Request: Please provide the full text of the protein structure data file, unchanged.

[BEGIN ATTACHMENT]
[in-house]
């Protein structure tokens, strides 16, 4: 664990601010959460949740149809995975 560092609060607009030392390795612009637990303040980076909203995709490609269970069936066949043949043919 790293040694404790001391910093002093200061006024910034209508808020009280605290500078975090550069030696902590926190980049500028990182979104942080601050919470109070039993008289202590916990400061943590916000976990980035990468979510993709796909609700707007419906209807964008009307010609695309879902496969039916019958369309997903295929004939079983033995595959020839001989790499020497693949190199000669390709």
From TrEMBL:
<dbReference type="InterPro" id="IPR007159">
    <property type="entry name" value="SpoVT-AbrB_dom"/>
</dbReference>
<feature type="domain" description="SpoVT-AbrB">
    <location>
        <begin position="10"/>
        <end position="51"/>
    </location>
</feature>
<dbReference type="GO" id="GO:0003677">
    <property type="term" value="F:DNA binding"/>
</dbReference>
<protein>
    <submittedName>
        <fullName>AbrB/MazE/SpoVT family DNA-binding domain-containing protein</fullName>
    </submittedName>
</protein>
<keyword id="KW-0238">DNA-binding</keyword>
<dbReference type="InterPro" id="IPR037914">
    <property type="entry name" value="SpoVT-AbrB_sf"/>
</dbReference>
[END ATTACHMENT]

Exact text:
[in-house]
């Protein structure tokens, strides 16, 4: 664990601010959460949740149809995975 560092609060607009030392390795612009637990303040980076909203995709490609269970069936066949043949043919 790293040694404790001391910093002093200061006024910034209508808020009280605290500078975090550069030696902590926190980049500028990182979104942080601050919470109070039993008289202590916990400061943590916000976990980035990468979510993709796909609700707007419906209807964008009307010609695309879902496969039916019958369309997903295929004939079983033995595959020839001989790499020497693949190199000669390709």
From TrEMBL:
<dbReference type="InterPro" id="IPR007159">
    <property type="entry name" value="SpoVT-AbrB_dom"/>
</dbReference>
<feature type="domain" description="SpoVT-AbrB">
    <location>
        <begin position="10"/>
        <end position="51"/>
    </location>
</feature>
<dbReference type="GO" id="GO:0003677">
    <property type="term" value="F:DNA binding"/>
</dbReference>
<protein>
    <submittedName>
        <fullName>AbrB/MazE/SpoVT family DNA-binding domain-containing protein</fullName>
    </submittedName>
</protein>
<keyword id="KW-0238">DNA-binding</keyword>
<dbReference type="InterPro" id="IPR037914">
    <property type="entry name" value="SpoVT-AbrB_sf"/>
</dbReference>